The day before we were to celebrate International Women's Day at large commemorative events at United Nations Headquarters in New York, my husband and I had a much smaller encounter that proved the power of individuals to effect change.
We were returning from Sierra Leone in West Africa to our home in New York with a stopover in London.
There was only a brief interval between our connecting flights. Normally, as Secretary-General of the United Nations, my husband must use even fleeting moments of free time to speak with world leaders. But this time, he chose to meet an ordinary citizen. Although there was no shortage of crises to address and officials to contact, we arranged to see Fahma Mohamed, a 17-year-old woman in the United Kingdom who pioneered a winning campaign against female genital mutilation.
As soon as he heard about it, my husband published an article supporting her efforts to enlist all head teachers to raise awareness of the horrors of female genital mutilation. We were delighted to hear that her campaign has succeeded. The Education Secretary, Michael Gove, has agreed to Ms. Mohamed's proposal that he write to primary and secondary schools to support them in tackling female genital mutilation.
Meeting this bright young woman, we were struck by her energy and passion and commitment to shield girls from harmful traditional practices.
Ms. Mohamed is extraordinary, and she is not alone. There are many activists around the world -- young and old, male and female -- working to end various forms of violence against women.
The UNiTE campaign has mobilized participants around the world, raising awareness and spurring action.
The UN Trust Fund to End Violence against Women supports projects in more than 120 countries. These initiatives are helping victims of rape overcome their trauma, working to outlaw attacks against women, and carrying out many other effective measures to change attitudes in society. The results are real and lasting.
The UNiTE campaign, the Trust Fund and other activities are part of a global wave of progress that is altering the way violence is perceived. As a result, shame, which for too long in too many places attached to the victims, is now placed where it belongs: on the perpetrators.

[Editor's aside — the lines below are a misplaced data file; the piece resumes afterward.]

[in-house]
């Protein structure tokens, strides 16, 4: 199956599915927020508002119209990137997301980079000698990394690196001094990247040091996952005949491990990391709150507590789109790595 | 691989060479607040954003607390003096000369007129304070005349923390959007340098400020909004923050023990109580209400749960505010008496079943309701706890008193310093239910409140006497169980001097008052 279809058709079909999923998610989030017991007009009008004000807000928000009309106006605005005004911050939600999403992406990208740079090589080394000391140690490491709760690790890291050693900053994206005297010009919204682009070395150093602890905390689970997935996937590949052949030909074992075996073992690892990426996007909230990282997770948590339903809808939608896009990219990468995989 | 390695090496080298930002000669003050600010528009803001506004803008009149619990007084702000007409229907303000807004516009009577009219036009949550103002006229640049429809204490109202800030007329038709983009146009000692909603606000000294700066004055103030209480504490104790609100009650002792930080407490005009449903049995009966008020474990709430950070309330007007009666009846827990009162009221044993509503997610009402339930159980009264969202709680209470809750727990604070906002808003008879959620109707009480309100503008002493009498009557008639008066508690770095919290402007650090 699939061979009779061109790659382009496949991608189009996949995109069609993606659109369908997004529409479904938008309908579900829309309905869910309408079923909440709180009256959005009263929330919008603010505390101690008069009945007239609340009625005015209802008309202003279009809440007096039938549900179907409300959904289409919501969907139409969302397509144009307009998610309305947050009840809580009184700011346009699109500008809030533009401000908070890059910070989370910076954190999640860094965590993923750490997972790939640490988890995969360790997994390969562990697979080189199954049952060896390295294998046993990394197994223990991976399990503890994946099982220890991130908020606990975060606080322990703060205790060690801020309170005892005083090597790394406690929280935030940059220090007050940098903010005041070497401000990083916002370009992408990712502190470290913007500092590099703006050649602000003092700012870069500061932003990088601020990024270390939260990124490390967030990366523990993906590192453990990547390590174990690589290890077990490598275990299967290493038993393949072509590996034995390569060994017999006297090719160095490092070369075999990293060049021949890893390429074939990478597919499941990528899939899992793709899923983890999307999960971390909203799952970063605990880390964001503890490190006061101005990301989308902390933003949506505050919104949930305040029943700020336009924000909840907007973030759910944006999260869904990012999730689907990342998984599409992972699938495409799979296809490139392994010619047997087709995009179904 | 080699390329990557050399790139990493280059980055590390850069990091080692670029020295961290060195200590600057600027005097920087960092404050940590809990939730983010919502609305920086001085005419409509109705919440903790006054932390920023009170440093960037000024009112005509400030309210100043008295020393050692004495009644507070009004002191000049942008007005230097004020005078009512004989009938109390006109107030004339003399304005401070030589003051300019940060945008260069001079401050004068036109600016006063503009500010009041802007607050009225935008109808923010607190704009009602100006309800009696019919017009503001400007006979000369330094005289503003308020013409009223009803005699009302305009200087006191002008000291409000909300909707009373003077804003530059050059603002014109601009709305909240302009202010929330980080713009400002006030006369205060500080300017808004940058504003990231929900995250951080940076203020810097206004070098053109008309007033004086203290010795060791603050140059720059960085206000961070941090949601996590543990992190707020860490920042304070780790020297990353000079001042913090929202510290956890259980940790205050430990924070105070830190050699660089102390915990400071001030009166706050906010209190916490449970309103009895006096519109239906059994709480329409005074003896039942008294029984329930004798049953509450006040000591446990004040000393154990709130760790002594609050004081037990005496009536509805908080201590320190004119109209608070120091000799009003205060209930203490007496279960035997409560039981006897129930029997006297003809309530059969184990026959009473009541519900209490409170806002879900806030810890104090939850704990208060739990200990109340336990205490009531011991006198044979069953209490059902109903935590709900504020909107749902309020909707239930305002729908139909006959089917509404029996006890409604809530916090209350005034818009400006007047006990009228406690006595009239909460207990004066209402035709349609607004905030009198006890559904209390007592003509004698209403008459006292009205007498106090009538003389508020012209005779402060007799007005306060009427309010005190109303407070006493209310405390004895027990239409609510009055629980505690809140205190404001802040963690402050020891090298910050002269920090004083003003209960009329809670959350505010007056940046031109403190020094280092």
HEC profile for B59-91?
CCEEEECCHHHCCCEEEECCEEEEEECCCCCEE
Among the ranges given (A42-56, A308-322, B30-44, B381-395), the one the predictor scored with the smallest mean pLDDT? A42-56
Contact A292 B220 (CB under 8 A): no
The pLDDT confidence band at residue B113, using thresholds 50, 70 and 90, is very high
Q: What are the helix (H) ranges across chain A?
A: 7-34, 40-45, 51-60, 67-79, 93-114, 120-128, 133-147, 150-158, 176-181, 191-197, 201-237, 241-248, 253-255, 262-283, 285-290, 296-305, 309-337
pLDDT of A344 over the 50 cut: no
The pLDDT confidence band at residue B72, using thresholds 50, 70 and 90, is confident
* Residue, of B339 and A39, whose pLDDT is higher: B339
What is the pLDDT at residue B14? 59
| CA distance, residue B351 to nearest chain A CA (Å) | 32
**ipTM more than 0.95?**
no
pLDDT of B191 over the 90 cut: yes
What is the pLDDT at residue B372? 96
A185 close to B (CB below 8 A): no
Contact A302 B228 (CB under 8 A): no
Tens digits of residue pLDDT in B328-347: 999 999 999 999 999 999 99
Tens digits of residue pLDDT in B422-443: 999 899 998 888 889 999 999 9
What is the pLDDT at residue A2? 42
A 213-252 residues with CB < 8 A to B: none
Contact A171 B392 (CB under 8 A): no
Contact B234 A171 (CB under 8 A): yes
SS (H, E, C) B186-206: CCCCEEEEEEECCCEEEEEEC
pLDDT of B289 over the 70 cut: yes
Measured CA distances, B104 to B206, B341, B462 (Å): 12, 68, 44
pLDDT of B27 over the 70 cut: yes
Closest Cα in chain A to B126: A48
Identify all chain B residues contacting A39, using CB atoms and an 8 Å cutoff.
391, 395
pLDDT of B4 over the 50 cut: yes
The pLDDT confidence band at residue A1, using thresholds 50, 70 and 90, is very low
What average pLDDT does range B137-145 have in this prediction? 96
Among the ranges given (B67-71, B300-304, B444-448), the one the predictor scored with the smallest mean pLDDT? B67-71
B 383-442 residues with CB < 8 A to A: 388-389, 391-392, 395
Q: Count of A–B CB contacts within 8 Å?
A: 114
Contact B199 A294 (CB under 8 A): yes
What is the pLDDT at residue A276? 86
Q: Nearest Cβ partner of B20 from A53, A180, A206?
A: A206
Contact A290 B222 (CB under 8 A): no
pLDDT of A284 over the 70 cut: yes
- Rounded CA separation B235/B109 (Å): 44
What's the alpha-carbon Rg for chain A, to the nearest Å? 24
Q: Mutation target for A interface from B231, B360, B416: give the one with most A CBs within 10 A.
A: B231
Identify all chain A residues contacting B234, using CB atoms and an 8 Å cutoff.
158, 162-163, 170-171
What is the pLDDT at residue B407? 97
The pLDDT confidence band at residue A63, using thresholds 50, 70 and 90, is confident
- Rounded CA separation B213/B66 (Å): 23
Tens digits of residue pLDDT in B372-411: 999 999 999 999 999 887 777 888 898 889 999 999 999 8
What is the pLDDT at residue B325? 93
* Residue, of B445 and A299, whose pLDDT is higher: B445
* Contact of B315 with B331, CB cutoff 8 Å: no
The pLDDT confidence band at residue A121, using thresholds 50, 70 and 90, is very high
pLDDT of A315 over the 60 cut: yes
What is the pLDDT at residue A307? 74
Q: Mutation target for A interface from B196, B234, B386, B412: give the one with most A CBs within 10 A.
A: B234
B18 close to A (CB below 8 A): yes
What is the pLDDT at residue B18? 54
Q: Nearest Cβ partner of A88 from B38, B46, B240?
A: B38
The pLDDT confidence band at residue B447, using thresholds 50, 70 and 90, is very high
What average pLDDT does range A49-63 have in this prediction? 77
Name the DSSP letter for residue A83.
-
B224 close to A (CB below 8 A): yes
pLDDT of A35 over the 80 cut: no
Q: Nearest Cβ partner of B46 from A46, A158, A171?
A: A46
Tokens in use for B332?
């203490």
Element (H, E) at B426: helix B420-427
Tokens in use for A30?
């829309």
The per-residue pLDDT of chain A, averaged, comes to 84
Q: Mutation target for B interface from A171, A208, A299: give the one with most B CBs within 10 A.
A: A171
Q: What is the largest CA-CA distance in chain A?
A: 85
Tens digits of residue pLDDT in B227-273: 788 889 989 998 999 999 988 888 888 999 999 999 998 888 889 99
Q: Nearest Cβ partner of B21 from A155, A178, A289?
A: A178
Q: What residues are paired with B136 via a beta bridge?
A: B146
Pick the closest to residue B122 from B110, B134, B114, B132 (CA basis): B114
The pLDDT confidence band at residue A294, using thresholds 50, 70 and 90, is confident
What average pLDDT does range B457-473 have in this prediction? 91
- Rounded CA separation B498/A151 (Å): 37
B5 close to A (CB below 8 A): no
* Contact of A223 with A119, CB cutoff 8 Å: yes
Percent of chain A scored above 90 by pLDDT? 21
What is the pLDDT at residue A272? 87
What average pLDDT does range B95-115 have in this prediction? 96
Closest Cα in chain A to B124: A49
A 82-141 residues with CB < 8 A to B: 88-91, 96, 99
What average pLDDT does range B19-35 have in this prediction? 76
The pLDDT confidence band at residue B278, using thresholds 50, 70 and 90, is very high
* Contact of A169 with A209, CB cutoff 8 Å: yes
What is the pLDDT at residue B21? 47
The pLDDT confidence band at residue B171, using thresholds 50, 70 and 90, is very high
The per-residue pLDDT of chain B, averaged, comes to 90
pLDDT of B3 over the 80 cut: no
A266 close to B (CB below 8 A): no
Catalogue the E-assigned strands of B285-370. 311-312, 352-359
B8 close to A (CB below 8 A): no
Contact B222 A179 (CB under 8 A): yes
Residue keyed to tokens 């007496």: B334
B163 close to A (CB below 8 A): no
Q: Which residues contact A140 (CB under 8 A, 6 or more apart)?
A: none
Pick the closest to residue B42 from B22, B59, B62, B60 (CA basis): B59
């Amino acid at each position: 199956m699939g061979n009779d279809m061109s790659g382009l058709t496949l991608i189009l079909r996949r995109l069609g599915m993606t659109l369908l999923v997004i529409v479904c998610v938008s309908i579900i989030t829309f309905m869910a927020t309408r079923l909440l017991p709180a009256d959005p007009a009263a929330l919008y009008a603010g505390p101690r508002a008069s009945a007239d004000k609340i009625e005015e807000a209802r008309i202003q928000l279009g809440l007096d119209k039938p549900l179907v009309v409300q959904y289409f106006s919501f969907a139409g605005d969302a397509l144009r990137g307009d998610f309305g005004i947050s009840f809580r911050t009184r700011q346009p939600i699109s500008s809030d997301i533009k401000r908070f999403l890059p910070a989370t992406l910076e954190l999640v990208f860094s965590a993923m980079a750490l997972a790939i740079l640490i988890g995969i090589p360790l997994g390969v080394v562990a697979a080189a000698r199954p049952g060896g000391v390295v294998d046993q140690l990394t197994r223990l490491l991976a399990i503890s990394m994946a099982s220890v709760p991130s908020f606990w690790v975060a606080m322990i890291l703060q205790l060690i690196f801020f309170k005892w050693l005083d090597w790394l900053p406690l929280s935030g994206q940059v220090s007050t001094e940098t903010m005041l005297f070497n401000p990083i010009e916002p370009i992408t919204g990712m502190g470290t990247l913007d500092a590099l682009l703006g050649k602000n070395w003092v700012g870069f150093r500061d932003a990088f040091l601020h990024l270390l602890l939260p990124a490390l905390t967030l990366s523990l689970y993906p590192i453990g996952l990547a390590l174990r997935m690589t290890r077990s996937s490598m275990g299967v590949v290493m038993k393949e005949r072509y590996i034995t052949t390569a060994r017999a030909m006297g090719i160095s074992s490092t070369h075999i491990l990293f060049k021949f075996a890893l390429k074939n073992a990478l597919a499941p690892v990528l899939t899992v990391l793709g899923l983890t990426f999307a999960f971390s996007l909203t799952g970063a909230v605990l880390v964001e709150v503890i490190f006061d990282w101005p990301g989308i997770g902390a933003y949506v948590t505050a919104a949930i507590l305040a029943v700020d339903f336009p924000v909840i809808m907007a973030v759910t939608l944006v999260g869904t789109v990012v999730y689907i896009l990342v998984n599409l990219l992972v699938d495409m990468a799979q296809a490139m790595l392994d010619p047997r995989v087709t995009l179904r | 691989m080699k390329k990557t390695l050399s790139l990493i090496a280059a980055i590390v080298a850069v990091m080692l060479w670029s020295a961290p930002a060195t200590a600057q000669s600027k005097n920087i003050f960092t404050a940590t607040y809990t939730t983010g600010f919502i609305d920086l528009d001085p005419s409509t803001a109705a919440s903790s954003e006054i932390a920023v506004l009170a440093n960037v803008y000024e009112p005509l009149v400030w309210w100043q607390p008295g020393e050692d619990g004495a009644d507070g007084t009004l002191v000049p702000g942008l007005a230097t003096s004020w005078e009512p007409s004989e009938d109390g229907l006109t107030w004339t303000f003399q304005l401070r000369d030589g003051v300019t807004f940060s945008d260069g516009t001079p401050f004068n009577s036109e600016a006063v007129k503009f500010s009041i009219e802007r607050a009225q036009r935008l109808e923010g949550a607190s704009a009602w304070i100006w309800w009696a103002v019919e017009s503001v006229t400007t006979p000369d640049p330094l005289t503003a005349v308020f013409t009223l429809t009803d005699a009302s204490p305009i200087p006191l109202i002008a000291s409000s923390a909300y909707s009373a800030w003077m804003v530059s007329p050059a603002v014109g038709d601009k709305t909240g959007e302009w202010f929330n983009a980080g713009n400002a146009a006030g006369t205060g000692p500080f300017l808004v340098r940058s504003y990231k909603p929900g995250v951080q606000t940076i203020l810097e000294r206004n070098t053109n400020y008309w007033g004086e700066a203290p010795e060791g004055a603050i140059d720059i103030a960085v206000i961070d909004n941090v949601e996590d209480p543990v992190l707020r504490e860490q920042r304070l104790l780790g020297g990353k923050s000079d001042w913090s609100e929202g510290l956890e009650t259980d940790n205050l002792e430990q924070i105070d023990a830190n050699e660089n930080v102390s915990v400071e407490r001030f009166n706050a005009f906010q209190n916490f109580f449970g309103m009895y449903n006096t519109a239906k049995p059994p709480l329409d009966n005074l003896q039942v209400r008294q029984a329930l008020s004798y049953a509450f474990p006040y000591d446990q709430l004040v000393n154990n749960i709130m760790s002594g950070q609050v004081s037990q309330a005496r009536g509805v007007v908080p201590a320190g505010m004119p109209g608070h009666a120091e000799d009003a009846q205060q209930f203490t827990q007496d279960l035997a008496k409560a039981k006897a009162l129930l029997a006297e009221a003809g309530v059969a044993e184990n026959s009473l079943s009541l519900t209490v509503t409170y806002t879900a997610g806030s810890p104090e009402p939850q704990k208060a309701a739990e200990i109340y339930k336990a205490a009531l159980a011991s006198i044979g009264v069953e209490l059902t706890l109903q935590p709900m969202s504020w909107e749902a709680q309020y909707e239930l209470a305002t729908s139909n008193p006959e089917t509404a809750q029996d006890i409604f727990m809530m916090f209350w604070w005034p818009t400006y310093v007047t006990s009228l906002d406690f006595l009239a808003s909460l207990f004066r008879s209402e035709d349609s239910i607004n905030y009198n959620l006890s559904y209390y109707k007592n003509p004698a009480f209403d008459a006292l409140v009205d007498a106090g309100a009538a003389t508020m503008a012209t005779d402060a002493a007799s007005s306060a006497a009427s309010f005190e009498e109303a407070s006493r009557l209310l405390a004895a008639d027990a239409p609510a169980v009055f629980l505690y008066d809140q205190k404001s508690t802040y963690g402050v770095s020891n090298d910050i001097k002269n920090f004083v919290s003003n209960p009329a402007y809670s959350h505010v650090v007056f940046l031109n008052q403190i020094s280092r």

In international law, in national parliaments, in homes and schools around the world people are rejecting violence against women and girls.
The aim is to protect them, but the result benefits all of society.
When women and girls can move freely without fear of attacks, they can engage more productively in their communities, their countries and our world.
When men learn that harassment, discrimination and violence against women is cowardly and disgraceful, they raise boys who respect women's wellbeing.
When we change the culture of violence against women into an attitude of respect and appreciation, we enable them to unleash their potential as leaders of a new future.
On International Women's Day, I call on all people to join our efforts to usher in a world free of violence against women and girls, where all people are safe and equal.
This post is part of a series produced by The Huffington Post and UN Women for Peace, in conjunction with International Women's' Day (March 7). UN Women for Peace is hosting a March to End Violence Against Women on that day, in New York. For more information on UN Women for Peace and the event, read here.